As of late, that now-dependable cycle has increased in velocity thanks to the actor, who measures 77 inches from plantar fascia to crown, receiving rave reviews for his performance on Apple TV’s Foundation. “Magnetic.” “Campy and playful.” “Absolutely perfect.” Some pointed out the way he says words. “Pace’s ability to wield phrases from ‘starbridge’ to ‘mausoleum of calculus’ with his own particular gravitas becomes a key special effect all its own,” wrote Indiewire’s Steve Greene. While others pointed out his towering physicality. “At the end of the day, you made a show that features Lee Pace swanning around in an open robe,” NPR’s Glenn Weldon keenly observed on NPR’s Pop Culture Happy Hour. “Ooh wee, so fine,” responded his co-host Joelle Monique. Later, Weldon added: “I love the way this show looks. And I’m not just talking about Lee Pace’s torso.”
And as is to be expected, we’ve gotten a press tour to boot. There’s been late night appearances, like the Late Late Show with James Corden, in which Pace’s visible hip bone softly protruding out of his burnt orange silk faille trousers sent shockwaves through the social media-verse. Perhaps more impactful has been the bevvy of editorial shoots his benevolent granted us: Esquire Magazine, Man About Town UK and The Cut.
What is it about this man, outside of his oversized talents and towering height? “For me, looking at Lee Pace is staring into the face of the sublime,” says writer Alex Abad-Santos who, like me, has a proclivity for Pace’s Pace-ishness. “Like the first time I went to Big Sur, my brain couldn’t comprehend the beauty of jagged, rock plunging into Pacific saltwater. That’s how I feel when I see Lee Pace. The same way you wouldn’t want to ruin Big Sur by installing a strip mall on one of the lookouts, is how I feel about the idea of my mortal, aggressively human body pressing up against his. He’s too handsome! Too tall. Too golden! Did you see he built an entire house with his hands? Did you see that sock garter he wore?”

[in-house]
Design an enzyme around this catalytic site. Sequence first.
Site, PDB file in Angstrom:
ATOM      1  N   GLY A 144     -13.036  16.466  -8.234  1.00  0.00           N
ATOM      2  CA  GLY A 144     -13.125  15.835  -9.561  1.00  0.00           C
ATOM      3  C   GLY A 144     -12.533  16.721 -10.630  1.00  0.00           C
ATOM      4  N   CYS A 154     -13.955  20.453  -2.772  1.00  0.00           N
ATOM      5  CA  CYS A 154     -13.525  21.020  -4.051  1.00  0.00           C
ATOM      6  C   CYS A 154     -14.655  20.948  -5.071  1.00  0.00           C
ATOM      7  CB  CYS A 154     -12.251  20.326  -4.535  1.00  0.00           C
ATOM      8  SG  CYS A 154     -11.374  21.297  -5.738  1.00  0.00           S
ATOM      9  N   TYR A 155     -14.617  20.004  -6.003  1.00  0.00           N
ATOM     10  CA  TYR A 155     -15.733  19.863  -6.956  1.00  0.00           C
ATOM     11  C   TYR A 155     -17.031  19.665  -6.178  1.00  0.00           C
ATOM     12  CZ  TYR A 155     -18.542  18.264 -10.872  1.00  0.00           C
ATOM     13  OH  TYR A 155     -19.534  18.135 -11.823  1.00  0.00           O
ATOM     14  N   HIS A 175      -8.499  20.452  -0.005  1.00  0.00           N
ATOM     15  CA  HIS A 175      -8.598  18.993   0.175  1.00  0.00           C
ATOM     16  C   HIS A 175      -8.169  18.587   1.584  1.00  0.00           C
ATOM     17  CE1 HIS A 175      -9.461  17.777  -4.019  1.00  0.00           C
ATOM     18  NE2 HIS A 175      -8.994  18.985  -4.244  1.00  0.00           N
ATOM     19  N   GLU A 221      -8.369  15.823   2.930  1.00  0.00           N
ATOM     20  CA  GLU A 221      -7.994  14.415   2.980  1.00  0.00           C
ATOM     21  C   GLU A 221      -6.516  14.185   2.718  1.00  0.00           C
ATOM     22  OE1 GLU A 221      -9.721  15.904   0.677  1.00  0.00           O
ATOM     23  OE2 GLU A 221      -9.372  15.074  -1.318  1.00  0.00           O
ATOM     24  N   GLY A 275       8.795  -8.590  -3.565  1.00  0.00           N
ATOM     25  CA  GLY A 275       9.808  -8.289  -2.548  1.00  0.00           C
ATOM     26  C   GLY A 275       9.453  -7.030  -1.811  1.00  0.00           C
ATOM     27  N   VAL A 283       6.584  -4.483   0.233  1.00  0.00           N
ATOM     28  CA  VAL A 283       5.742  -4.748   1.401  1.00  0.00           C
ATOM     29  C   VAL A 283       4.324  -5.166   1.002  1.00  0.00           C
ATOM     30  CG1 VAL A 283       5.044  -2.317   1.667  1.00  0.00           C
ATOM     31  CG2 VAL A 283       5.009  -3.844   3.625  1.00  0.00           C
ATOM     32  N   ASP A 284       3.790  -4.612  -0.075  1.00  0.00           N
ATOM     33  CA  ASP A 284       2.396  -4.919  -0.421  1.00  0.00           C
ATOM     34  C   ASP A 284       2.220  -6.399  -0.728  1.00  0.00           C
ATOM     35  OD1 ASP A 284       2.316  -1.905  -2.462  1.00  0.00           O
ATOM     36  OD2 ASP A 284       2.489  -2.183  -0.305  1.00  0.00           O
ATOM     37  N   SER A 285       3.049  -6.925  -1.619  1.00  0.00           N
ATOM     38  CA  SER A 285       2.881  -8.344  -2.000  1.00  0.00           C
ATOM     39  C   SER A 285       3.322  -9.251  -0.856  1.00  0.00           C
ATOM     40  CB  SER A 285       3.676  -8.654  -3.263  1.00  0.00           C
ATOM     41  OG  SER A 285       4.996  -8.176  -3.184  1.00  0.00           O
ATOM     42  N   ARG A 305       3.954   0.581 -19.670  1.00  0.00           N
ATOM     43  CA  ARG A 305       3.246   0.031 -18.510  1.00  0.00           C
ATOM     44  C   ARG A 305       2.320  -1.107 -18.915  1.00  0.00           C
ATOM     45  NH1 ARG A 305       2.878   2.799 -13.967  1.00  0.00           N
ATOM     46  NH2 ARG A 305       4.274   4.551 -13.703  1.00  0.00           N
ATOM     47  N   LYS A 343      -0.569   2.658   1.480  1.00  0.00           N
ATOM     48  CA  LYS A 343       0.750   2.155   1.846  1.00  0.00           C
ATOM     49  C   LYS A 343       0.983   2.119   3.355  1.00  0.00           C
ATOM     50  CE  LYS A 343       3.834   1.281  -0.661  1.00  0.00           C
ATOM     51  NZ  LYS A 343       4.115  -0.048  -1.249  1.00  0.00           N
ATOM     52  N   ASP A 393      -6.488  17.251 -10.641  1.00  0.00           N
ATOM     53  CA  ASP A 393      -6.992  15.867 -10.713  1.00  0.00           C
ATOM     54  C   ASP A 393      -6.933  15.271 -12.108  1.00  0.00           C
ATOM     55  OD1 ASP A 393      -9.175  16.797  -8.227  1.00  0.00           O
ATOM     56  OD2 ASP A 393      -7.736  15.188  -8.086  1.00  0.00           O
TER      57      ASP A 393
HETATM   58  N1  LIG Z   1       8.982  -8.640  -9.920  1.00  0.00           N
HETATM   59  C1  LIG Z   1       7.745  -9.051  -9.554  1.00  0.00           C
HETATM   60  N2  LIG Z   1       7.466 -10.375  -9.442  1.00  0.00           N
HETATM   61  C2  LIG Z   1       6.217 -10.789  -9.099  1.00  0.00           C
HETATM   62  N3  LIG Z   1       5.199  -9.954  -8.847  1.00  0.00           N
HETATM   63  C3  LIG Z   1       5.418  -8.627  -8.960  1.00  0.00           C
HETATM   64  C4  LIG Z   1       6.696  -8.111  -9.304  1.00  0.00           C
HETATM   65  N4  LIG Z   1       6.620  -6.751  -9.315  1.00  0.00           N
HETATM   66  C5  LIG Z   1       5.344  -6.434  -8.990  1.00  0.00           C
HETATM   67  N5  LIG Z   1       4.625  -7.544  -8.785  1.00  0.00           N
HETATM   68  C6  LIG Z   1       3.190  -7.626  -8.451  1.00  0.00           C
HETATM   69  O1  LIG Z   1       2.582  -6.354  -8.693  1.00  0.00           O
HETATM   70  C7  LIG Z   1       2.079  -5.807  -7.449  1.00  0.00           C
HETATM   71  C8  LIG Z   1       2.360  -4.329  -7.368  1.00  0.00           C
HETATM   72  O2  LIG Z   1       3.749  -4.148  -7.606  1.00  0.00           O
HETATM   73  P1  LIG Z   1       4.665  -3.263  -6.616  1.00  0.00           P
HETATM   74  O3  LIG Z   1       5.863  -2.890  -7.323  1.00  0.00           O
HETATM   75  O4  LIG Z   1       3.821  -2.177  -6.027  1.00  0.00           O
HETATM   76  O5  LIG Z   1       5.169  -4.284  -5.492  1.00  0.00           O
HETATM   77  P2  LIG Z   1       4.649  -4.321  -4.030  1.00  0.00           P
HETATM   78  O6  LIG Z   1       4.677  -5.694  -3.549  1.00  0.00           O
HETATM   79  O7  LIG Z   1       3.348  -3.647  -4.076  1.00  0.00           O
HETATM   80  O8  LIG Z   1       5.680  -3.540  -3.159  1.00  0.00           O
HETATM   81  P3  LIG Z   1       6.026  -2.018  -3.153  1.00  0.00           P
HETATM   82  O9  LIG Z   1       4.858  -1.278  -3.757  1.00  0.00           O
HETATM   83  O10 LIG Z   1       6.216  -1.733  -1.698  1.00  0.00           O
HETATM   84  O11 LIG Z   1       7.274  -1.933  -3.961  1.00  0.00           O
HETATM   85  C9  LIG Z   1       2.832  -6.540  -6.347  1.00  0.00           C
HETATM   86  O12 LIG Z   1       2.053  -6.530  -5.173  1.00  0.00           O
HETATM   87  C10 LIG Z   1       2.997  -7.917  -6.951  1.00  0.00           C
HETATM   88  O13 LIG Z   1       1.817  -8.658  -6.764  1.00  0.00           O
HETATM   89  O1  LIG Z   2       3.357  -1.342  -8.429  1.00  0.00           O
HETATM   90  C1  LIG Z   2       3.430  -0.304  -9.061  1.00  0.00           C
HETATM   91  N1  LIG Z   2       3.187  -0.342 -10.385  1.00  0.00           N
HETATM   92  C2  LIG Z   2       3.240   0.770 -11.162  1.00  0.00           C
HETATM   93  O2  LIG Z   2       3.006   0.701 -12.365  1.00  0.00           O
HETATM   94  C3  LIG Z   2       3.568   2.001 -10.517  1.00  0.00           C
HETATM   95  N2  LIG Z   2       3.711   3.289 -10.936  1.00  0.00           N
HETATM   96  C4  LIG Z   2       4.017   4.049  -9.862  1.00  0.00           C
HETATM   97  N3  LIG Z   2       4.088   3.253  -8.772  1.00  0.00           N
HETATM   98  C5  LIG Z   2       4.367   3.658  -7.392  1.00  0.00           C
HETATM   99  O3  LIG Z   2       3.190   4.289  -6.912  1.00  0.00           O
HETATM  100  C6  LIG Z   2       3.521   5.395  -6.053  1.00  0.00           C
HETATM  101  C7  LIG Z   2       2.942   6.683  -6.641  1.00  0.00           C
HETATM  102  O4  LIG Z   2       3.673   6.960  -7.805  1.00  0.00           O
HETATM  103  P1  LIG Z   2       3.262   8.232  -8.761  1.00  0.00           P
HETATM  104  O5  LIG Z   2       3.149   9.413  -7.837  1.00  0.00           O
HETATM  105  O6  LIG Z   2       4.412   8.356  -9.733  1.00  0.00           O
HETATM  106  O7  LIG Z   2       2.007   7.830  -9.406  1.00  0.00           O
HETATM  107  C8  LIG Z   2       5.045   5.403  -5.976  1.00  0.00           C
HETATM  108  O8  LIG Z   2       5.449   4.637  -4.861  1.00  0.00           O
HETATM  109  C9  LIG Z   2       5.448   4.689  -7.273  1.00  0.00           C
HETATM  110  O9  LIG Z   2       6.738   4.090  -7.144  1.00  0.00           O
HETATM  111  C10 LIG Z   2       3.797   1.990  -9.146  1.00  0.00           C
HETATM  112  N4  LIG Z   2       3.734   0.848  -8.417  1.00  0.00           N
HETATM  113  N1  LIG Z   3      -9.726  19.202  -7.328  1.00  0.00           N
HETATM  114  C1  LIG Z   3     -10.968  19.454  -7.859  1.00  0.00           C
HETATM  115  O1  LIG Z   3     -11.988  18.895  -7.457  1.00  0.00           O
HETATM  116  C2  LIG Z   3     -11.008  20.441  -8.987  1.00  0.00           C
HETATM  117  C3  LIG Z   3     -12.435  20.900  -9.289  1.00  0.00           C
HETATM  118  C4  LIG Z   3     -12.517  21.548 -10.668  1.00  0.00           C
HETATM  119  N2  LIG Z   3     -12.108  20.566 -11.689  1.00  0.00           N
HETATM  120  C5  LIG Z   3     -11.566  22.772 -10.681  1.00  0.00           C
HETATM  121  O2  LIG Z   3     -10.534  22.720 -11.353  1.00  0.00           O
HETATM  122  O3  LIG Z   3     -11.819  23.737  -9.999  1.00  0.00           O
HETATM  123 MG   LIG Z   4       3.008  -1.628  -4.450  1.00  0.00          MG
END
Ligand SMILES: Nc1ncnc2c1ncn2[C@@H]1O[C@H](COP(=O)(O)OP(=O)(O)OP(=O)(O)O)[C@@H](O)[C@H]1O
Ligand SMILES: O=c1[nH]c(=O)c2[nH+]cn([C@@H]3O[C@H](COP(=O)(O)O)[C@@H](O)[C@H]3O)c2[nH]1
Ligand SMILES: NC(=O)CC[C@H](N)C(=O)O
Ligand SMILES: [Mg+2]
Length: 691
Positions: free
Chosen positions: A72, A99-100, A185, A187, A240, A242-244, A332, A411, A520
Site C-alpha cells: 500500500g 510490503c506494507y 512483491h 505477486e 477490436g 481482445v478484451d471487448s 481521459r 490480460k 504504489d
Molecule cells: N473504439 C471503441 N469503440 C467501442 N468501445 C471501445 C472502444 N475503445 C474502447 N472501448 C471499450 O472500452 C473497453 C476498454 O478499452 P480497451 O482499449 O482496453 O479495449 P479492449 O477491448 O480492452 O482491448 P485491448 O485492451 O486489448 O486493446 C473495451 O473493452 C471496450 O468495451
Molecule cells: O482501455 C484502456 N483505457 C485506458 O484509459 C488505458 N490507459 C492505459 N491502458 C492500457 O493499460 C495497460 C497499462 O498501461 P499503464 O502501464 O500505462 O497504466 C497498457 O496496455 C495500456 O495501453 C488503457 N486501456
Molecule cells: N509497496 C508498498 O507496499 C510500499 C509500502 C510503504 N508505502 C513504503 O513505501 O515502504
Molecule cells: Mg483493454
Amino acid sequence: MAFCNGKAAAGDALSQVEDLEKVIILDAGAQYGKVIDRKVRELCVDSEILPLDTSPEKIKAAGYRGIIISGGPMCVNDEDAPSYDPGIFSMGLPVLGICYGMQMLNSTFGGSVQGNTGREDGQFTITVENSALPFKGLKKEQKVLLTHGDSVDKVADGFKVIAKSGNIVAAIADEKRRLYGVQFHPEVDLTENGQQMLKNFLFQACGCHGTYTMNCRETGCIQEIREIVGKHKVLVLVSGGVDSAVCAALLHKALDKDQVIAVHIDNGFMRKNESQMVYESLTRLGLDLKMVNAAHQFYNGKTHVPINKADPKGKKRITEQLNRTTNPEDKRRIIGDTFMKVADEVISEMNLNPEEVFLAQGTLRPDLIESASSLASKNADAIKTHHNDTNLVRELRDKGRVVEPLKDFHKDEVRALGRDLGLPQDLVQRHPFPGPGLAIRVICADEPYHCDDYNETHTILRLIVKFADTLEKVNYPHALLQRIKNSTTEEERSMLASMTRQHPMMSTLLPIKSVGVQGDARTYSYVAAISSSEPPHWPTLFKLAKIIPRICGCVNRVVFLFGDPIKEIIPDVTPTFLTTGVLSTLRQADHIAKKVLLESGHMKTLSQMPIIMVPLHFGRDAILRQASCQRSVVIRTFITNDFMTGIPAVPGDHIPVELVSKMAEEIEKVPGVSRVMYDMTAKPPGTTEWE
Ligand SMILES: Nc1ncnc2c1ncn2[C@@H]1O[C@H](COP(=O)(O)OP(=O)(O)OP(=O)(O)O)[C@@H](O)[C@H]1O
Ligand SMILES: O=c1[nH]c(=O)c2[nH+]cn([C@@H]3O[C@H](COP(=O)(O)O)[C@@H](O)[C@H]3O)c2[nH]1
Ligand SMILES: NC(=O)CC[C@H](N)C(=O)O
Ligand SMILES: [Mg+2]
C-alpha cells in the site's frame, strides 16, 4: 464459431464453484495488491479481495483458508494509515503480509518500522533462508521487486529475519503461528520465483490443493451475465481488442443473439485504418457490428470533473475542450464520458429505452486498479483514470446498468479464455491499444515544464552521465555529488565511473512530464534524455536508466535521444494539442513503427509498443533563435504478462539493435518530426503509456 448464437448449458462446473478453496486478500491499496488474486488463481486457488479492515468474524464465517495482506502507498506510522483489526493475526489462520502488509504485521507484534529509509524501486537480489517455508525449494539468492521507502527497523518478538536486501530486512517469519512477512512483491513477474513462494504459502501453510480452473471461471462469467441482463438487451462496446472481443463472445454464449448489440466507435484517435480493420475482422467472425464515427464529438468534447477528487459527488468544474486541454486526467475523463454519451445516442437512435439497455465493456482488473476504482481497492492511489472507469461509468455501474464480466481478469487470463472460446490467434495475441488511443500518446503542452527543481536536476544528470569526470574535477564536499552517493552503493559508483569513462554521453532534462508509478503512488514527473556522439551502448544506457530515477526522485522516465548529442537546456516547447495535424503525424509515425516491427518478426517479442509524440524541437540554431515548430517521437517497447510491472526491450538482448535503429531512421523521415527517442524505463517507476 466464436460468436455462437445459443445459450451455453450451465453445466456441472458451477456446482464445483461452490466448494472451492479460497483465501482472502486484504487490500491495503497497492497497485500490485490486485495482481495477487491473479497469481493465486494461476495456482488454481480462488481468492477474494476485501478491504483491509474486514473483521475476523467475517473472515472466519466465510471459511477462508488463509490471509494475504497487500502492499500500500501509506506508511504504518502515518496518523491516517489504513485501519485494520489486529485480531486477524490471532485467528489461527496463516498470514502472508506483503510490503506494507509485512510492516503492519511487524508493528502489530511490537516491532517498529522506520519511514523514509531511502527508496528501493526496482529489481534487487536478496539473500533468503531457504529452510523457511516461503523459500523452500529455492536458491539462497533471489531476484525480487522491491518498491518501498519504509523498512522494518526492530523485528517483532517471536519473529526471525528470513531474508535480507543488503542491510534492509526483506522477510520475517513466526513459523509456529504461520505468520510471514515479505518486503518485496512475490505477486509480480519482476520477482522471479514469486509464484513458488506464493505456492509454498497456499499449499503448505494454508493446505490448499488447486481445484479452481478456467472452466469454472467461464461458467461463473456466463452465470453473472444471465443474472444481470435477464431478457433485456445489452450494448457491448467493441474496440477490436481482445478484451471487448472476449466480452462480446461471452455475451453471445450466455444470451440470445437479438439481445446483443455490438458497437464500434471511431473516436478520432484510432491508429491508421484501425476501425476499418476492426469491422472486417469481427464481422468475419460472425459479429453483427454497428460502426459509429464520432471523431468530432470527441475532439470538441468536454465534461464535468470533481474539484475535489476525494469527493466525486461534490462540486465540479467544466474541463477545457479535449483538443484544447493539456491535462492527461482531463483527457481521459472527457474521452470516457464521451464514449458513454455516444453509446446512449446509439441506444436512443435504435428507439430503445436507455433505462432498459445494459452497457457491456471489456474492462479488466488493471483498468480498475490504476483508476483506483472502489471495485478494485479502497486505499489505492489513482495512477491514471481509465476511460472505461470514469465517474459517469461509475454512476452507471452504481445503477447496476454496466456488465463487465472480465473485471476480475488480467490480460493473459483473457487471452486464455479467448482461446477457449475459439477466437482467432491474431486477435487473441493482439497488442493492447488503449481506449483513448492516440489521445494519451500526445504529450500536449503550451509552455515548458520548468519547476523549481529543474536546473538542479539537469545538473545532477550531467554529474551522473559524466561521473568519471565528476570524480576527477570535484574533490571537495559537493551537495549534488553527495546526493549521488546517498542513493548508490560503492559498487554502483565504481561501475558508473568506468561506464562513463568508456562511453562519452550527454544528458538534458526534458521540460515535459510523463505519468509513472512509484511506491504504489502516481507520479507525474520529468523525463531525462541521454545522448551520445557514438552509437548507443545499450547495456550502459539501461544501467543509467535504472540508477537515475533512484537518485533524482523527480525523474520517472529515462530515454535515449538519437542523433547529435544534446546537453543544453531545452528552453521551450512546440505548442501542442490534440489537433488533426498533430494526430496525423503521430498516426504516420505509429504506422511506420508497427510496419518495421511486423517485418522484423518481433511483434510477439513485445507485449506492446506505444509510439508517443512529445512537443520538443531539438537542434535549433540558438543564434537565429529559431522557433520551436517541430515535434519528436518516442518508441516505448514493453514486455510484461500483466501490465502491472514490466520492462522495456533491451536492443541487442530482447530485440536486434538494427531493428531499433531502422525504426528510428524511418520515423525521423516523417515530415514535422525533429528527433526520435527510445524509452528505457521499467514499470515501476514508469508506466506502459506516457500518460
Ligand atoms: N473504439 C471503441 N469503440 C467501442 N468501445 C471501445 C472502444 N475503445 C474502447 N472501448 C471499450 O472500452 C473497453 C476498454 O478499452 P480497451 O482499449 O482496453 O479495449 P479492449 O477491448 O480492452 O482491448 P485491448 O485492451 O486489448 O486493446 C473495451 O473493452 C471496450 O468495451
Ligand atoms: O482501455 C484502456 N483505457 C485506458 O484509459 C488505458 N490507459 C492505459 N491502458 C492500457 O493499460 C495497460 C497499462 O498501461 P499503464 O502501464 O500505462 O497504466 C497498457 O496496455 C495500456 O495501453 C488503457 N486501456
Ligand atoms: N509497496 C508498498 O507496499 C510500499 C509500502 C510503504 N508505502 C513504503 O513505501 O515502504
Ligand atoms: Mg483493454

Oh right! I completely forgot about the Met Gala, in which Pace stepped out in a black three-ply mohair jacket with grosgrain tipping with four-bar stripes in shiny black lovebird beads, along with a matching black tuxedo short and white pique shirt, white cashmere vest and, as Abad alluded, black grosgrain garters. Certifiably an “I remember where I was the day I saw the Lee Pace 2021 Met Gala photos” moment.
And we’d be remiss not to mention the recent behind-the-scenes photos from Foundation that Pace generously shared with Variety. “Critical Gay Theory teaches students that a discussion of Lee Pace’s recent shirtless Instagram photos, where he seems to be playing a biblical figure in Palm Springs, will count towards their final grade,” wrote novelist and playwright Paul Rudnick about these photos, which deserve a novel and play all their own.
As 2021 comes to a slow close, Pace is the 11 o’clock number that helps bring it all home. Less a “Rose’s Turn,” from Gypsy and more of a “Brotherhood of Man” from How to Succeed in Business Without Really Trying in being less braggadocious and more unifying. After all, the world is a divisive place to cohabitate, but if there’s one thing we can all agree on and as Doreen St. Félix once tweeted: Lee Pace.
Welcome to “Wear Me Out,” a column by pop culture fiend Evan Ross Katz that takes a look at the week in celebrity dressing. From award shows and movie premieres to grocery store runs, he’ll keep you up to date on what your favorite celebs have recently worn to the biggest and most inconsequential events.
Photo via Getty